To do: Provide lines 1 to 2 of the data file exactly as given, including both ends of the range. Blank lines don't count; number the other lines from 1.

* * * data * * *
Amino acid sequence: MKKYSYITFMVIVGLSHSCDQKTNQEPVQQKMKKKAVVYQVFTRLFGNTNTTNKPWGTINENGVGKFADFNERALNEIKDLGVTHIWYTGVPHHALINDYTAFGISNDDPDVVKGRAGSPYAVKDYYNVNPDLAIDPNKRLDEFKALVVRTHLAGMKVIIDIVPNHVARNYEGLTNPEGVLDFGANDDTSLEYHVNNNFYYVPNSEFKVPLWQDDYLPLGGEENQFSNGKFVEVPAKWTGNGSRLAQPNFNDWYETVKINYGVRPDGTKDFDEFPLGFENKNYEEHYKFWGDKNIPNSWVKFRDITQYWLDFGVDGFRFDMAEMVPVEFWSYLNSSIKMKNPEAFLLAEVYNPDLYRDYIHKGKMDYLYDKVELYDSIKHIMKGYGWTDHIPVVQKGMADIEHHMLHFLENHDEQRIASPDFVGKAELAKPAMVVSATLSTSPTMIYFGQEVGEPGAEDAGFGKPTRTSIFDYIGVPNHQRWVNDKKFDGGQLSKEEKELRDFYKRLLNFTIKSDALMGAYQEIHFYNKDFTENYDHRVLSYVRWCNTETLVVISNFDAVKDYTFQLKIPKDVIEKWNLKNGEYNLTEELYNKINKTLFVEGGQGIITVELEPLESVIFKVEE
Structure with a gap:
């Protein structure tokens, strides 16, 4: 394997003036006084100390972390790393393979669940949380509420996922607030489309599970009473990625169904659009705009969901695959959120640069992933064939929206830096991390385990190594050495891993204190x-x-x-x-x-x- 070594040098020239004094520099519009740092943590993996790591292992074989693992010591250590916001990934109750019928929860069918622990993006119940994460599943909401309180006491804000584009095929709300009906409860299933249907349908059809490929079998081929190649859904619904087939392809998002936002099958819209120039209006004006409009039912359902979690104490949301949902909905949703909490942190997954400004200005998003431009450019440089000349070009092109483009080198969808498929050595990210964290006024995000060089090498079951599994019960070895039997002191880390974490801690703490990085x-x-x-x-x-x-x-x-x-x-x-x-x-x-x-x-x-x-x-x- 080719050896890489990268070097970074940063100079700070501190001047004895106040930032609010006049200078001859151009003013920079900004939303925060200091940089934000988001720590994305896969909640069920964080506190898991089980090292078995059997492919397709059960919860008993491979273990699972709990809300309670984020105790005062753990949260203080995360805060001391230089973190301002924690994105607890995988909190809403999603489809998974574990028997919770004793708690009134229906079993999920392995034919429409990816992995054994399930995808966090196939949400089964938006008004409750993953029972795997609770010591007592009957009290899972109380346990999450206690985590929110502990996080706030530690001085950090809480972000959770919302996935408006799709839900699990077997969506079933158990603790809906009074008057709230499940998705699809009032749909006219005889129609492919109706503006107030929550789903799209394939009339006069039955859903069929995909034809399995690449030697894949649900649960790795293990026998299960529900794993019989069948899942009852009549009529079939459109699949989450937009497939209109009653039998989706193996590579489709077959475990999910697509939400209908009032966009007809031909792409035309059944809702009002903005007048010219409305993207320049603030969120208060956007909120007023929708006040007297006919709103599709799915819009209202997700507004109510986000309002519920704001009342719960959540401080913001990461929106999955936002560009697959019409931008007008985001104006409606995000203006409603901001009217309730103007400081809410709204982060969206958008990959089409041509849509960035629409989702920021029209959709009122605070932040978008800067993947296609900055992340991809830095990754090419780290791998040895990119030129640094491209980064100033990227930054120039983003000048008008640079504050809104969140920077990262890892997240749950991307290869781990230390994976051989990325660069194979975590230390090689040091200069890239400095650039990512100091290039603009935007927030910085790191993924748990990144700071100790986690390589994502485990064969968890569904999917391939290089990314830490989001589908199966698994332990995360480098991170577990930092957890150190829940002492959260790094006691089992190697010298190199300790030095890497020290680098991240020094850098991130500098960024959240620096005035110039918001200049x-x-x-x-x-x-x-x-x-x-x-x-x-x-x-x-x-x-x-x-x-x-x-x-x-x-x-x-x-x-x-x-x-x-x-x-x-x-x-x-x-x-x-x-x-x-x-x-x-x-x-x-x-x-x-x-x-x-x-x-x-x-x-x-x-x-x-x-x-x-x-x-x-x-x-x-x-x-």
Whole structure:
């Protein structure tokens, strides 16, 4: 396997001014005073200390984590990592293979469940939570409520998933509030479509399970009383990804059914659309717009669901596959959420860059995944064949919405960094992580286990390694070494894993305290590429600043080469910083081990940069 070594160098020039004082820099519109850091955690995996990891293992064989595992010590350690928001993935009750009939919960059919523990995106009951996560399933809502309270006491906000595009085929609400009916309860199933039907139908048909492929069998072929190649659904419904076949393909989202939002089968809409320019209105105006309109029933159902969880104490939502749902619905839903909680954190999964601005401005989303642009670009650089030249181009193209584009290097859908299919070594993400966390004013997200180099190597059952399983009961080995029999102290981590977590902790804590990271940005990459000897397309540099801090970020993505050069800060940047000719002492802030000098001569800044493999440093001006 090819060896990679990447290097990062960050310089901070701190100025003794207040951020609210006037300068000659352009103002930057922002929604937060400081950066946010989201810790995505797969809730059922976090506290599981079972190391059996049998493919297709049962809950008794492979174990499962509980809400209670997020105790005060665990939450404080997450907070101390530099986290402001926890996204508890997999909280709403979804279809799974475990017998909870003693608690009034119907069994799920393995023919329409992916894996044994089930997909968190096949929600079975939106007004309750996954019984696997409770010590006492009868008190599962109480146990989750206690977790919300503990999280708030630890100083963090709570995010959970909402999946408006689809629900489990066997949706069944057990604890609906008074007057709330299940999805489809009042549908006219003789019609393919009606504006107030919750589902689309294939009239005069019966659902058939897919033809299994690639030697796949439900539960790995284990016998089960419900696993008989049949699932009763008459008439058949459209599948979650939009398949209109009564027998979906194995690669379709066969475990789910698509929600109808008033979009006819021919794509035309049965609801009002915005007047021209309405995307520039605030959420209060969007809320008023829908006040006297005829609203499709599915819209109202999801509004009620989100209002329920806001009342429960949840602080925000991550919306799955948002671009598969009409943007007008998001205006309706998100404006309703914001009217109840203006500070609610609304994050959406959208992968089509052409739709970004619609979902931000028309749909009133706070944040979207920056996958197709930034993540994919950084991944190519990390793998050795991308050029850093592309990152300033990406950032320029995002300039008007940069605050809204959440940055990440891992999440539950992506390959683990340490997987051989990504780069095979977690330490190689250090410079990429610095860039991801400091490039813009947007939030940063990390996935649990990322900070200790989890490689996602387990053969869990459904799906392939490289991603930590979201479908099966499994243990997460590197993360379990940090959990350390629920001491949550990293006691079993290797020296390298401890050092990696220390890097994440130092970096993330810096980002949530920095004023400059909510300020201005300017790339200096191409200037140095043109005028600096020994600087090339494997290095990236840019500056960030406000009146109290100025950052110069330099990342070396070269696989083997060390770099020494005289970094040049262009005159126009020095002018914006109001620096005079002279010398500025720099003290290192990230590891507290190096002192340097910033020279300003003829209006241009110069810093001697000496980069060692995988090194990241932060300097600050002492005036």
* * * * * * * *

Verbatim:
Amino acid sequence: MKKYSYITFMVIVGLSHSCDQKTNQEPVQQKMKKKAVVYQVFTRLFGNTNTTNKPWGTINENGVGKFADFNERALNEIKDLGVTHIWYTGVPHHALINDYTAFGISNDDPDVVKGRAGSPYAVKDYYNVNPDLAIDPNKRLDEFKALVVRTHLAGMKVIIDIVPNHVARNYEGLTNPEGVLDFGANDDTSLEYHVNNNFYYVPNSEFKVPLWQDDYLPLGGEENQFSNGKFVEVPAKWTGNGSRLAQPNFNDWYETVKINYGVRPDGTKDFDEFPLGFENKNYEEHYKFWGDKNIPNSWVKFRDITQYWLDFGVDGFRFDMAEMVPVEFWSYLNSSIKMKNPEAFLLAEVYNPDLYRDYIHKGKMDYLYDKVELYDSIKHIMKGYGWTDHIPVVQKGMADIEHHMLHFLENHDEQRIASPDFVGKAELAKPAMVVSATLSTSPTMIYFGQEVGEPGAEDAGFGKPTRTSIFDYIGVPNHQRWVNDKKFDGGQLSKEEKELRDFYKRLLNFTIKSDALMGAYQEIHFYNKDFTENYDHRVLSYVRWCNTETLVVISNFDAVKDYTFQLKIPKDVIEKWNLKNGEYNLTEELYNKINKTLFVEGGQGIITVELEPLESVIFKVEE
Structure with a gap: